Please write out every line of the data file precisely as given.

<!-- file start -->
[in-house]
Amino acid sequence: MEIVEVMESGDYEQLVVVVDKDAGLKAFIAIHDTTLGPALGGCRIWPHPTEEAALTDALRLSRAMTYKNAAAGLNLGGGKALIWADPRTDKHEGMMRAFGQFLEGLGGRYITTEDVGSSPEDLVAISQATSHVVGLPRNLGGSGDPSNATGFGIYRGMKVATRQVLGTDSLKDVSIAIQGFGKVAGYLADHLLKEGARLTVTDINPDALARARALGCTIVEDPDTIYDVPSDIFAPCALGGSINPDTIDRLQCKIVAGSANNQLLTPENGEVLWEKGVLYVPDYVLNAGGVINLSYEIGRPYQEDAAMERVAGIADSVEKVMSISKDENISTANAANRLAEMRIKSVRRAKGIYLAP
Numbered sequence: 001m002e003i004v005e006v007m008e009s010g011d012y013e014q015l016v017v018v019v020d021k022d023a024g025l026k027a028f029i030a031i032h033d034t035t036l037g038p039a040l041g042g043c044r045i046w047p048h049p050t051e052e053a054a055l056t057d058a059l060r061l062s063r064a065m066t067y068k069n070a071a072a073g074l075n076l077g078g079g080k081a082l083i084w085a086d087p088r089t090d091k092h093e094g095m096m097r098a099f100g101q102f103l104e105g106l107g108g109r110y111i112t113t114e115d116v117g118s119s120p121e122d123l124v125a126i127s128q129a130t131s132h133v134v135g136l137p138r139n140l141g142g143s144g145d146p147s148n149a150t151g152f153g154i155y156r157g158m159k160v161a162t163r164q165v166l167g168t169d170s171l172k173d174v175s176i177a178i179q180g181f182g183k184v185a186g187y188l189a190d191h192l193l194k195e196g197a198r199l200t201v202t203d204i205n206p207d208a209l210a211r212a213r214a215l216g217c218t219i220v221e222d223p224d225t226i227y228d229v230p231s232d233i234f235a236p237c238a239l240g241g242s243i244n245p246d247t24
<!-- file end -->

[in-house]
Amino acid sequence: MEIVEVMESGDYEQLVVVVDKDAGLKAFIAIHDTTLGPALGGCRIWPHPTEEAALTDALRLSRAMTYKNAAAGLNLGGGKALIWADPRTDKHEGMMRAFGQFLEGLGGRYITTEDVGSSPEDLVAISQATSHVVGLPRNLGGSGDPSNATGFGIYRGMKVATRQVLGTDSLKDVSIAIQGFGKVAGYLADHLLKEGARLTVTDINPDALARARALGCTIVEDPDTIYDVPSDIFAPCALGGSINPDTIDRLQCKIVAGSANNQLLTPENGEVLWEKGVLYVPDYVLNAGGVINLSYEIGRPYQEDAAMERVAGIADSVEKVMSISKDENISTANAANRLAEMRIKSVRRAKGIYLAP
Numbered sequence: 001m002e003i004v005e006v007m008e009s010g011d012y013e014q015l016v017v018v019v020d021k022d023a024g025l026k027a028f029i030a031i032h033d034t035t036l037g038p039a040l041g042g043c044r045i046w047p048h049p050t051e052e053a054a055l056t057d058a059l060r061l062s063r064a065m066t067y068k069n070a071a072a073g074l075n076l077g078g079g080k081a082l083i084w085a086d087p088r089t090d091k092h093e094g095m096m097r098a099f100g101q102f103l104e105g106l107g108g109r110y111i112t113t114e115d116v117g118s119s120p121e122d123l124v125a126i127s128q129a130t131s132h133v134v135g136l137p138r139n140l141g142g143s144g145d146p147s148n149a150t151g152f153g154i155y156r157g158m159k160v161a162t163r164q165v166l167g168t169d170s171l172k173d174v175s176i177a178i179q180g181f182g183k184v185a186g187y188l189a190d191h192l193l194k195e196g197a198r199l200t201v202t203d204i205n206p207d208a209l210a211r212a213r214a215l216g217c218t219i220v221e222d223p224d225t226i227y228d229v230p231s232d233i234f235a236p237c238a239l240g241g242s243i244n245p246d247t24